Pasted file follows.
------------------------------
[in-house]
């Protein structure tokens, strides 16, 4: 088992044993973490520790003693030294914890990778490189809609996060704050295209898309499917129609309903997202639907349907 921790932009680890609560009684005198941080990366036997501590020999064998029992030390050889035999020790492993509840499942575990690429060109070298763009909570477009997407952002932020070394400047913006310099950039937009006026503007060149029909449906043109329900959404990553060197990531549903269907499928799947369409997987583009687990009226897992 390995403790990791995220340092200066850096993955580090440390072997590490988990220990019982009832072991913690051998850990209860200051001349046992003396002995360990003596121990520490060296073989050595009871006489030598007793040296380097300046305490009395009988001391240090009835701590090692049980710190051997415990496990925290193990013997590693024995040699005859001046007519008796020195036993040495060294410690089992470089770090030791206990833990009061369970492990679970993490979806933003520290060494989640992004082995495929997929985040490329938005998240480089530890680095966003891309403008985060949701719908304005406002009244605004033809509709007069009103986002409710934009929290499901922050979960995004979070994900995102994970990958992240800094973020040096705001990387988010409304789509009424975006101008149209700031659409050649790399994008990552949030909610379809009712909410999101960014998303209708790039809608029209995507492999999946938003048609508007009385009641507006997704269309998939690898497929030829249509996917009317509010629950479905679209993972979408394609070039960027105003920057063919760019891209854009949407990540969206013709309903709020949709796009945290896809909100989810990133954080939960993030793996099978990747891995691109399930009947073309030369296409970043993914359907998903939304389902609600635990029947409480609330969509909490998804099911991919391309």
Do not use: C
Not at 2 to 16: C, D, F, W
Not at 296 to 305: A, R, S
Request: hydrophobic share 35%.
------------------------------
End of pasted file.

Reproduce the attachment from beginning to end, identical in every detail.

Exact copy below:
[in-house]
């Protein structure tokens, strides 16, 4: 088992044993973490520790003693030294914890990778490189809609996060704050295209898309499917129609309903997202639907349907 921790932009680890609560009684005198941080990366036997501590020999064998029992030390050889035999020790492993509840499942575990690429060109070298763009909570477009997407952002932020070394400047913006310099950039937009006026503007060149029909449906043109329900959404990553060197990531549903269907499928799947369409997987583009687990009226897992 390995403790990791995220340092200066850096993955580090440390072997590490988990220990019982009832072991913690051998850990209860200051001349046992003396002995360990003596121990520490060296073989050595009871006489030598007793040296380097300046305490009395009988001391240090009835701590090692049980710190051997415990496990925290193990013997590693024995040699005859001046007519008796020195036993040495060294410690089992470089770090030791206990833990009061369970492990679970993490979806933003520290060494989640992004082995495929997929985040490329938005998240480089530890680095966003891309403008985060949701719908304005406002009244605004033809509709007069009103986002409710934009929290499901922050979960995004979070994900995102994970990958992240800094973020040096705001990387988010409304789509009424975006101008149209700031659409050649790399994008990552949030909610379809009712909410999101960014998303209708790039809608029209995507492999999946938003048609508007009385009641507006997704269309998939690898497929030829249509996917009317509010629950479905679209993972979408394609070039960027105003920057063919760019891209854009949407990540969206013709309903709020949709796009945290896809909100989810990133954080939960993030793996099978990747891995691109399930009947073309030369296409970043993914359907998903939304389902609600635990029947409480609330969509909490998804099911991919391309």
Do not use: C
Not at 2 to 16: C, D, F, W
Not at 296 to 305: A, R, S
Request: hydrophobic share 35%.